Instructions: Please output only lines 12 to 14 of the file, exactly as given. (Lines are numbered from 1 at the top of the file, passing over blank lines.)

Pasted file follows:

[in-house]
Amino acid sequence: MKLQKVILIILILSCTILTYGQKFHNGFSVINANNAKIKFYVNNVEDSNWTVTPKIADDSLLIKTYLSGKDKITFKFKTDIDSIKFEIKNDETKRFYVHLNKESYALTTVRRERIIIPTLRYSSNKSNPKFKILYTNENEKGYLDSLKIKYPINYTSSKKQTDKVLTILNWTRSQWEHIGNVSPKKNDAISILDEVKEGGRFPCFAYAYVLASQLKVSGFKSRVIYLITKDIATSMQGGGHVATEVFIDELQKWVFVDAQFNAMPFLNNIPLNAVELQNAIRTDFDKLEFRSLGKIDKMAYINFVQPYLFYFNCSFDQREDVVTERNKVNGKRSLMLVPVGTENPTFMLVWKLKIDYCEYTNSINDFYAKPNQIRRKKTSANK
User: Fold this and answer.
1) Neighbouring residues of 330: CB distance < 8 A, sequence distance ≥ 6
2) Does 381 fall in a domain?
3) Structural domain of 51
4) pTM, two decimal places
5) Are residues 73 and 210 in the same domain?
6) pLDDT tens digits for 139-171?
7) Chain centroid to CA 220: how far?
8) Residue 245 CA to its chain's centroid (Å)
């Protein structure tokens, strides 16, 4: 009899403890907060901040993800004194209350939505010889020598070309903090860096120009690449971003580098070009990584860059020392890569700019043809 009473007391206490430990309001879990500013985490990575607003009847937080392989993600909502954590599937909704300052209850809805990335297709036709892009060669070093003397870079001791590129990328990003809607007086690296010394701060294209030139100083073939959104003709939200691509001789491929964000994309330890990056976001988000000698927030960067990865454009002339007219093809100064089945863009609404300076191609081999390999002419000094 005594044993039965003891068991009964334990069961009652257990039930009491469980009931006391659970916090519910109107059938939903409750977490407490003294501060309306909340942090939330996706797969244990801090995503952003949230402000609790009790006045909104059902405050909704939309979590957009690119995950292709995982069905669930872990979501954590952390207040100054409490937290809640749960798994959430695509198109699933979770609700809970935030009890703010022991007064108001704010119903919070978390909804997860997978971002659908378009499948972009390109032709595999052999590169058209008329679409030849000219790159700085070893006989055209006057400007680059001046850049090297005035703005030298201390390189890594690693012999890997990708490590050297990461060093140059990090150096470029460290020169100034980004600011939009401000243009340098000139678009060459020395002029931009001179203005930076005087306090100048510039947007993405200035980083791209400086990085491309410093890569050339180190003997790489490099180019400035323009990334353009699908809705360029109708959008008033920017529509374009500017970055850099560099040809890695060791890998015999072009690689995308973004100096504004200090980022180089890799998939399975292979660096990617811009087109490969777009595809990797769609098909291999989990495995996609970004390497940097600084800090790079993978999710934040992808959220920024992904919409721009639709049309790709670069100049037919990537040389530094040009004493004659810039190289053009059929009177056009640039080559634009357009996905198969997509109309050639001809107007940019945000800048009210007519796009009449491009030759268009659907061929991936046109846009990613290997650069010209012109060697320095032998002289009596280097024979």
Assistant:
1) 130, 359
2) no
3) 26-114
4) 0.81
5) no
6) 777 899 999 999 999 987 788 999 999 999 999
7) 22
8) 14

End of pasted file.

């Protein structure tokens, strides 16, 4: 009899403890907060901040993800004194209350939505010889020598070309903090860096120009690449971003580098070009990584860059020392890569700019043809 009473007391206490430990309001879990500013985490990575607003009847937080392989993600909502954590599937909704300052209850809805990335297709036709892009060669070093003397870079001791590129990328990003809607007086690296010394701060294209030139100083073939959104003709939200691509001789491929964000994309330890990056976001988000000698927030960067990865454009002339007219093809100064089945863009609404300076191609081999390999002419000094 005594044993039965003891068991009964334990069961009652257990039930009491469980009931006391659970916090519910109107059938939903409750977490407490003294501060309306909340942090939330996706797969244990801090995503952003949230402000609790009790006045909104059902405050909704939309979590957009690119995950292709995982069905669930872990979501954590952390207040100054409490937290809640749960798994959430695509198109699933979770609700809970935030009890703010022991007064108001704010119903919070978390909804997860997978971002659908378009499948972009390109032709595999052999590169058209008329679409030849000219790159700085070893006989055209006057400007680059001046850049090297005035703005030298201390390189890594690693012999890997990708490590050297990461060093140059990090150096470029460290020169100034980004600011939009401000243009340098000139678009060459020395002029931009001179203005930076005087306090100048510039947007993405200035980083791209400086990085491309410093890569050339180190003997790489490099180019400035323009990334353009699908809705360029109708959008008033920017529509374009500017970055850099560099040809890695060791890998015999072009690689995308973004100096504004200090980022180089890799998939399975292979660096990617811009087109490969777009595809990797769609098909291999989990495995996609970004390497940097600084800090790079993978999710934040992808959220920024992904919409721009639709049309790709670069100049037919990537040389530094040009004493004659810039190289053009059929009177056009640039080559634009357009996905198969997509109309050639001809107007940019945000800048009210007519796009009449491009030759268009659907061929991936046109846009990613290997650069010209012109060697320095032998002289009596280097024979």
Assistant:
1) 130, 359